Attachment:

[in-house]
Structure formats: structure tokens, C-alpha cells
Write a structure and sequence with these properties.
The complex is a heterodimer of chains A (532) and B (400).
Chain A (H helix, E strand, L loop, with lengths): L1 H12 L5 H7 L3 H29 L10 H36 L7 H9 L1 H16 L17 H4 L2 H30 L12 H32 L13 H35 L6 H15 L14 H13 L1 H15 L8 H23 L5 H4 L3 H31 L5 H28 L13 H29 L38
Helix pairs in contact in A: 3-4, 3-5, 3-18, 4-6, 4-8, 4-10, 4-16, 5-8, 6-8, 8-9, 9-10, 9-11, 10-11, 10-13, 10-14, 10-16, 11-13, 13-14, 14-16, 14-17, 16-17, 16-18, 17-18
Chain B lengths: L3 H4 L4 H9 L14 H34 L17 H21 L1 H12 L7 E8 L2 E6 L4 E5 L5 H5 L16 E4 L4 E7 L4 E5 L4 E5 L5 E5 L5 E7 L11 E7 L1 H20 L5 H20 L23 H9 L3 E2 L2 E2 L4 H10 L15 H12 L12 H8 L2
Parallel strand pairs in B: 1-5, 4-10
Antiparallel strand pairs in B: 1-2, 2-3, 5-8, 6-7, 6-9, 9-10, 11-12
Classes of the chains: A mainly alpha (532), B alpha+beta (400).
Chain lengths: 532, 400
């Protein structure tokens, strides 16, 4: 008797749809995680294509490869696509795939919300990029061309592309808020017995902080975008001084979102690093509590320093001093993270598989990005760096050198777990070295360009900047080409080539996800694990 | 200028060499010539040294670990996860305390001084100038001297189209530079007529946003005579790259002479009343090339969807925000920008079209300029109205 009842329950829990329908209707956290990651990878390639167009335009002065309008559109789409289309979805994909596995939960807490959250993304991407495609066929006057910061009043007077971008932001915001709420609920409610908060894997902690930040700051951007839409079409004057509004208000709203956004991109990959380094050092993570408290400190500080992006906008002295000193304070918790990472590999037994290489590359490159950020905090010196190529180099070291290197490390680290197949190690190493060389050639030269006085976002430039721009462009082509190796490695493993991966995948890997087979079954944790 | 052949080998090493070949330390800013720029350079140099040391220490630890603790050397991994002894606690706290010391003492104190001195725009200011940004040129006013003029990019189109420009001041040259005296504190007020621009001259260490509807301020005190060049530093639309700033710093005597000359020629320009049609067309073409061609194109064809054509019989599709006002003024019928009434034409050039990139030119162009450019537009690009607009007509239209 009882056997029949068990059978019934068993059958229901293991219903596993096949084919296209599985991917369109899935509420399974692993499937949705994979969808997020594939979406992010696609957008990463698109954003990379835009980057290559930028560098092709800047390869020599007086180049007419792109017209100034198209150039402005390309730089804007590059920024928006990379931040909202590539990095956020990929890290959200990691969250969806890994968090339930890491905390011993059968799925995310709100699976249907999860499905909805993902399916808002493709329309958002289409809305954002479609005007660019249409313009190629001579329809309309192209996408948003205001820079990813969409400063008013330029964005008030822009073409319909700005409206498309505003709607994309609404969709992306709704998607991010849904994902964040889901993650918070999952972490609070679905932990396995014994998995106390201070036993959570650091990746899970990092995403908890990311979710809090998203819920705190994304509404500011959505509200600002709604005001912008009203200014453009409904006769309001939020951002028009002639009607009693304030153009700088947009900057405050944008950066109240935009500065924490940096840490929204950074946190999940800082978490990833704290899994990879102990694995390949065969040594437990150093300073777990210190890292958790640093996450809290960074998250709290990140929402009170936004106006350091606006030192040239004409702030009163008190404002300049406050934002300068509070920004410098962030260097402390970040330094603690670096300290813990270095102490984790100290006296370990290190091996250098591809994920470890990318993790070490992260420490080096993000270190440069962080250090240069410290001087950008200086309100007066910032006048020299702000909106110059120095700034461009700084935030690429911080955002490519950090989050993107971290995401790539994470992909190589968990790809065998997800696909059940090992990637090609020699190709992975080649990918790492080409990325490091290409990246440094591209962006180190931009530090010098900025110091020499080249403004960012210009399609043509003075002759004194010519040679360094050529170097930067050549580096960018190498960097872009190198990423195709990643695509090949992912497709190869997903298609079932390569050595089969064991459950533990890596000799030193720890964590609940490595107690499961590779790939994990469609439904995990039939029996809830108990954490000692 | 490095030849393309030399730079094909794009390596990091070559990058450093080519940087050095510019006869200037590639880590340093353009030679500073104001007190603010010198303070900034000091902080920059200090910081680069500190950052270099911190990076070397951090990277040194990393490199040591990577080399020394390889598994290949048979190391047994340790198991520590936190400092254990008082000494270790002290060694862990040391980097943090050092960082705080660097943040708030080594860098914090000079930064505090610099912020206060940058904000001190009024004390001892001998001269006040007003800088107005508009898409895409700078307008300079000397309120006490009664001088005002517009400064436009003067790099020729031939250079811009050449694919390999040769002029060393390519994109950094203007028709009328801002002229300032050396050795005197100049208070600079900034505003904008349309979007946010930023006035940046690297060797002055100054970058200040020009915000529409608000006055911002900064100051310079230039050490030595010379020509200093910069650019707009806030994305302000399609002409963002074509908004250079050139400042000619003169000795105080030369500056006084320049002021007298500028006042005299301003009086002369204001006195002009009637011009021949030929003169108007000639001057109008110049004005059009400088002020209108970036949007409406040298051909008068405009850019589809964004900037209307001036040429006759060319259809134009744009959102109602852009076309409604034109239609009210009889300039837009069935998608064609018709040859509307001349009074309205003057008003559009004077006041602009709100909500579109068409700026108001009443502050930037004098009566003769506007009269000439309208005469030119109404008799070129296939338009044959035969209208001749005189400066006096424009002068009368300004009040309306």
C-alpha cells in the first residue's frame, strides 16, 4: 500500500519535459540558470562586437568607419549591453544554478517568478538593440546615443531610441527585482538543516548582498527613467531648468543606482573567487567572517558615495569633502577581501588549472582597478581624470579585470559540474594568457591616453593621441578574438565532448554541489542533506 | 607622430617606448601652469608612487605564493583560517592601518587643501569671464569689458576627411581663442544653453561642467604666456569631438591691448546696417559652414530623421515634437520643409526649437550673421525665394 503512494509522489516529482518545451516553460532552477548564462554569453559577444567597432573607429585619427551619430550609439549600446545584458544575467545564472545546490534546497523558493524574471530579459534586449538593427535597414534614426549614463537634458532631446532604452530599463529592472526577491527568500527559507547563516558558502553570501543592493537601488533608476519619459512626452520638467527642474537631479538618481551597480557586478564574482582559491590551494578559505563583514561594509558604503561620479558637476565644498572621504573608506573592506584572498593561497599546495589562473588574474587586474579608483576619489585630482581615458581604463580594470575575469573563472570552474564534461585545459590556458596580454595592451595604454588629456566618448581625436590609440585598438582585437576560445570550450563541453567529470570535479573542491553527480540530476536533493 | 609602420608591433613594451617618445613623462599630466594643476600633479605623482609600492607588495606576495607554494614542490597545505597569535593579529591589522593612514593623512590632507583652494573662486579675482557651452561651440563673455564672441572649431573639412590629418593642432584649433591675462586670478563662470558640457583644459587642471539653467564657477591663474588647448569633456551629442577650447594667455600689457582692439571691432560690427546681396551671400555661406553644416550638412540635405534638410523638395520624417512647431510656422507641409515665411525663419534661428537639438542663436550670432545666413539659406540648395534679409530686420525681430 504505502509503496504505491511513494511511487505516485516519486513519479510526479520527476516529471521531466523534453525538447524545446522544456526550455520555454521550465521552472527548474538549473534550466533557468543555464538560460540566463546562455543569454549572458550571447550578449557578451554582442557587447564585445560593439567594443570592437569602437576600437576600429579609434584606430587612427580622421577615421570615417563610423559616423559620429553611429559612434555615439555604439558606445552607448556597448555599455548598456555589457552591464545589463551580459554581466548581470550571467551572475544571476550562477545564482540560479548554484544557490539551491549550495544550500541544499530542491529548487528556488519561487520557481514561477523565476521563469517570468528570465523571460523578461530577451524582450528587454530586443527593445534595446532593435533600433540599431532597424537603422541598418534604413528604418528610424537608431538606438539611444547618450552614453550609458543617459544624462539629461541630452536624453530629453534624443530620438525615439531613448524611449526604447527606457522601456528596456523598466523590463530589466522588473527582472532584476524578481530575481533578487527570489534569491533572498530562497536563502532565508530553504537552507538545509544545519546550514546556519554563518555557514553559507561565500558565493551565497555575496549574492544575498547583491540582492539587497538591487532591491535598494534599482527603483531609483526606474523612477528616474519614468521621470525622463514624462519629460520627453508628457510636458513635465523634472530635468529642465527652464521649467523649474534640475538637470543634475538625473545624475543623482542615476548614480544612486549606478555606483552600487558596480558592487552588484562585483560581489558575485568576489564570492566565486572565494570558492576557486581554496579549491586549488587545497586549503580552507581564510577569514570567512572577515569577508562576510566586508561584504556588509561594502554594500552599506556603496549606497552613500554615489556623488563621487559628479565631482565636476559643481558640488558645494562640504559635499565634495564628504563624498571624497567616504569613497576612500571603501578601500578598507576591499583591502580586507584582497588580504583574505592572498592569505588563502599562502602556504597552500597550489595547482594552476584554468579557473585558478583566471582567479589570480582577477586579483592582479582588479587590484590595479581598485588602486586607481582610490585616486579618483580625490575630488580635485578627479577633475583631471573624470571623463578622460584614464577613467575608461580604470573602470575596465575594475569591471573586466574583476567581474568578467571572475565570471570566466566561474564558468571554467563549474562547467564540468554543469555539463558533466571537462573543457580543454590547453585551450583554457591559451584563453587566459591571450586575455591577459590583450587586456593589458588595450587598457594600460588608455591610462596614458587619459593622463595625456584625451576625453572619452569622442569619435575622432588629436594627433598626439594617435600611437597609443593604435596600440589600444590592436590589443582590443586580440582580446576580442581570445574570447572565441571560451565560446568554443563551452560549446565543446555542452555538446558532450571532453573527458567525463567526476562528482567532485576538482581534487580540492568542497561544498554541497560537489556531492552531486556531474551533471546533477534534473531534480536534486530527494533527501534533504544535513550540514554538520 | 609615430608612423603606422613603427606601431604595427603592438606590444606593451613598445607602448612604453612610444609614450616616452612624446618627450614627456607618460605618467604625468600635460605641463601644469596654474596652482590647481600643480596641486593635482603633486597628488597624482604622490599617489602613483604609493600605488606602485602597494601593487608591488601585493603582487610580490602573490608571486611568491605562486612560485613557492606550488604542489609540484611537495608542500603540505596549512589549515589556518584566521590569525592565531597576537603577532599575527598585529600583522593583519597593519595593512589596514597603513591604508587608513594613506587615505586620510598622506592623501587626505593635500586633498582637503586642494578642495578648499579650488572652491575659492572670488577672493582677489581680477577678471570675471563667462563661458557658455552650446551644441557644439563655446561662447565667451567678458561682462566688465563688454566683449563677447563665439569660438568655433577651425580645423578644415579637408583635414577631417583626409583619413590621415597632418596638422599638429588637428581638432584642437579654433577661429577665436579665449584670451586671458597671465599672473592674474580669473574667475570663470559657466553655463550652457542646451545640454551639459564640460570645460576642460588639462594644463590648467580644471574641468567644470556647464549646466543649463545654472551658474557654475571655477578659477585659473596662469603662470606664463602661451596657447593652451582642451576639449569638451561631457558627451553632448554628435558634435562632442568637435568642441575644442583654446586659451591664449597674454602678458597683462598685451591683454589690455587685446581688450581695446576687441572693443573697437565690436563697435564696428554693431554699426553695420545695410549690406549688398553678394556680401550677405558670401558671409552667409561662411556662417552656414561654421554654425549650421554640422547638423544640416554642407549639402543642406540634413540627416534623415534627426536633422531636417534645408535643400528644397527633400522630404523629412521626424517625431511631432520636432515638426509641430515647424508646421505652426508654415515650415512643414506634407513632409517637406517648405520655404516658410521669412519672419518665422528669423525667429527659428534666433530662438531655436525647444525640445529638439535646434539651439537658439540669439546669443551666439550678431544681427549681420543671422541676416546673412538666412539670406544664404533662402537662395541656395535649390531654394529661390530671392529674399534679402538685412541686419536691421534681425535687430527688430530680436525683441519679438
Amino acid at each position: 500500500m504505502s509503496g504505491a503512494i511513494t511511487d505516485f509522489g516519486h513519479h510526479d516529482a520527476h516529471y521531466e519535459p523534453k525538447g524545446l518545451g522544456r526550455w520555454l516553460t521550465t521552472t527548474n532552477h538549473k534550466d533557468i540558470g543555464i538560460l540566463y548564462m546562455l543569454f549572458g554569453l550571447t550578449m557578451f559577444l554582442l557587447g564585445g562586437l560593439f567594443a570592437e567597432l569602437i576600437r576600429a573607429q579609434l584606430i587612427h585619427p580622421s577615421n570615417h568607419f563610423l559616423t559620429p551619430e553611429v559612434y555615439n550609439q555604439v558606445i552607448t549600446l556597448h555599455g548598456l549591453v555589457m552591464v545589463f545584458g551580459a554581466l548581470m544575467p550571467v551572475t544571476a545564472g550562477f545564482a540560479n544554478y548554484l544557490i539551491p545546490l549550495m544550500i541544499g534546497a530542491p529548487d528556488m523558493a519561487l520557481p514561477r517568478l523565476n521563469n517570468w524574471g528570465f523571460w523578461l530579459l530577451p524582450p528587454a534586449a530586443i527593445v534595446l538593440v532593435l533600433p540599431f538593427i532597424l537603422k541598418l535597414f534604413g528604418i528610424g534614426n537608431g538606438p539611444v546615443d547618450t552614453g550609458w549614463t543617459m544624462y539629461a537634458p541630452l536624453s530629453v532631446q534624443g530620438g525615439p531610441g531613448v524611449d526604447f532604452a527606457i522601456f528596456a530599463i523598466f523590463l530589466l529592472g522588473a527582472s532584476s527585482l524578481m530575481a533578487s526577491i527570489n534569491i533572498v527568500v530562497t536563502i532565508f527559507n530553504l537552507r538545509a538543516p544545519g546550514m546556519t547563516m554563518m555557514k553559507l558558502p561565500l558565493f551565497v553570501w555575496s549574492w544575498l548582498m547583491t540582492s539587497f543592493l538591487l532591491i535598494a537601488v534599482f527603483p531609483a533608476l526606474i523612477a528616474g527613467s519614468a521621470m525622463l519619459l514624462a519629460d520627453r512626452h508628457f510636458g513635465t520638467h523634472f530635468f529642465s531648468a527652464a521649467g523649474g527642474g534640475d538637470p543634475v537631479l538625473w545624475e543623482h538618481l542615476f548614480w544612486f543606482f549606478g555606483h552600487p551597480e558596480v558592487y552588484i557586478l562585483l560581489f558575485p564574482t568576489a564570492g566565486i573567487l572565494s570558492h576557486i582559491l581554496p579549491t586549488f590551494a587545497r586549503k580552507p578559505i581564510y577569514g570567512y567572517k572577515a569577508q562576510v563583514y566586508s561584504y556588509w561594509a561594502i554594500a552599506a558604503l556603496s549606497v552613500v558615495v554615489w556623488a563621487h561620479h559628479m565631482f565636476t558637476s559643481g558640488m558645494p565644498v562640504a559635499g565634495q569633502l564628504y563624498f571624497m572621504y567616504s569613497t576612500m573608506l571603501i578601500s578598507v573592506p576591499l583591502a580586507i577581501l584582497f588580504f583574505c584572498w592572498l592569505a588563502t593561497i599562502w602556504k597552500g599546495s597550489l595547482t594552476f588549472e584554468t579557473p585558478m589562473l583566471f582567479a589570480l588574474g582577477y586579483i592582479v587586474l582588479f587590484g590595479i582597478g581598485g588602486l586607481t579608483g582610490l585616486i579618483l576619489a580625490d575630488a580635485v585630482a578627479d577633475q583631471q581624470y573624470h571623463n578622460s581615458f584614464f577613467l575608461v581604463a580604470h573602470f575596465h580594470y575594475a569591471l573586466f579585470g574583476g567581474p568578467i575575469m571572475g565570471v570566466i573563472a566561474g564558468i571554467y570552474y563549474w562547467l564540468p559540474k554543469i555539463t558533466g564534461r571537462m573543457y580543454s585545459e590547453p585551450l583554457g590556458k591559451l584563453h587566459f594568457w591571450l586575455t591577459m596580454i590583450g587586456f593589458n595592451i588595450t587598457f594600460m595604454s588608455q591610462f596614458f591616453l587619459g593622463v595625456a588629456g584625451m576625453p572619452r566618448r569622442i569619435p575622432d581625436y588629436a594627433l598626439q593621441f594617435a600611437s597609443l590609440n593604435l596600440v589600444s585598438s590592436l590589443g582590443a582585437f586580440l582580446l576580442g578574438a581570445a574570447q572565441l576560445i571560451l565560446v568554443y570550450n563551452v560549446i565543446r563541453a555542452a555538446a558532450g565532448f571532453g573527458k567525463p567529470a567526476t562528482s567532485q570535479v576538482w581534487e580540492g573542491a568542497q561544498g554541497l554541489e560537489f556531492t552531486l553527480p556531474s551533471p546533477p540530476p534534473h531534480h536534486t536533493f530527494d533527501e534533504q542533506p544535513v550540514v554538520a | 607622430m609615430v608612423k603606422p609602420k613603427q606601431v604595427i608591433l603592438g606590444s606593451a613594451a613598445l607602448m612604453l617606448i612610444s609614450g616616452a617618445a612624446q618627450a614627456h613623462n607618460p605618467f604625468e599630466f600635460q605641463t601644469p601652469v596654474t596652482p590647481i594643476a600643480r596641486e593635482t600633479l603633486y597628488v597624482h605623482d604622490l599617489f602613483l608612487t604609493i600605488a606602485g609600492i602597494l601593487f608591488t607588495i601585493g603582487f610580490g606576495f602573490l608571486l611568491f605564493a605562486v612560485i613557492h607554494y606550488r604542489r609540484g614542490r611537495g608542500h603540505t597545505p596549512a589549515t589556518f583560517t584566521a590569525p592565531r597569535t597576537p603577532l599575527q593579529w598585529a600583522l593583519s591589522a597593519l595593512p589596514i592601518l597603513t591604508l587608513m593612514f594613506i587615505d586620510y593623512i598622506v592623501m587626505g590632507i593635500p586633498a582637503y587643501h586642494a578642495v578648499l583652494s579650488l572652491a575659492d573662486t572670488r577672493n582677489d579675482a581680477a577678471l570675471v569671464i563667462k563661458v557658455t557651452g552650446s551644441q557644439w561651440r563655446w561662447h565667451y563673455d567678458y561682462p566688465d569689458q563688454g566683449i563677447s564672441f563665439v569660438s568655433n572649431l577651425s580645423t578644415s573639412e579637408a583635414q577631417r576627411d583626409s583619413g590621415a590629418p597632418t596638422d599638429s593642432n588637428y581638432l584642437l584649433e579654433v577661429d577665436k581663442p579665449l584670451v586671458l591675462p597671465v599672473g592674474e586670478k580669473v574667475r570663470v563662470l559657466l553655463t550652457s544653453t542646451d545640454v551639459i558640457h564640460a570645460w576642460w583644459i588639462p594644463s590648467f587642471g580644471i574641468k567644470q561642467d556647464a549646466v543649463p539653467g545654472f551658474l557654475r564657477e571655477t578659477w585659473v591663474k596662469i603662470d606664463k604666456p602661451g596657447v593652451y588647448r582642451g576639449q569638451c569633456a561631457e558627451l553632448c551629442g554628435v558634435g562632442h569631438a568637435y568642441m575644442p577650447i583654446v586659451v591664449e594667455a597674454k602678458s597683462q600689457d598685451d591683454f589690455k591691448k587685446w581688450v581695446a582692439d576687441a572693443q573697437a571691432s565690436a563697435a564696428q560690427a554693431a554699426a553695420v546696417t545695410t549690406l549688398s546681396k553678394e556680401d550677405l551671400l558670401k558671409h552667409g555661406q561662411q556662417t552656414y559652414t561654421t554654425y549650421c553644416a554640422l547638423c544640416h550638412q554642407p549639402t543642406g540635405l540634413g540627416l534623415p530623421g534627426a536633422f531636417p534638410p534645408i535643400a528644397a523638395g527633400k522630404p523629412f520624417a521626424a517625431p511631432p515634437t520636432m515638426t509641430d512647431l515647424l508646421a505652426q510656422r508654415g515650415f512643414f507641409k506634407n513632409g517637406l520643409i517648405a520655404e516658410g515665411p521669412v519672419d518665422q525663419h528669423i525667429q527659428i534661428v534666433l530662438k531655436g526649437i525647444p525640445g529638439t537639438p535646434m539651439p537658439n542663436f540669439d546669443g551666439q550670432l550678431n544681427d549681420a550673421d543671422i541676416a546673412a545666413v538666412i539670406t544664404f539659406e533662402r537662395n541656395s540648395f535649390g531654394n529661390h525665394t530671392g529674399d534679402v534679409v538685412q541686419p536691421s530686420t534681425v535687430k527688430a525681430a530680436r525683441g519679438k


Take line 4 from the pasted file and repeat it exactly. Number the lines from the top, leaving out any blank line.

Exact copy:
The complex is a heterodimer of chains A (532) and B (400).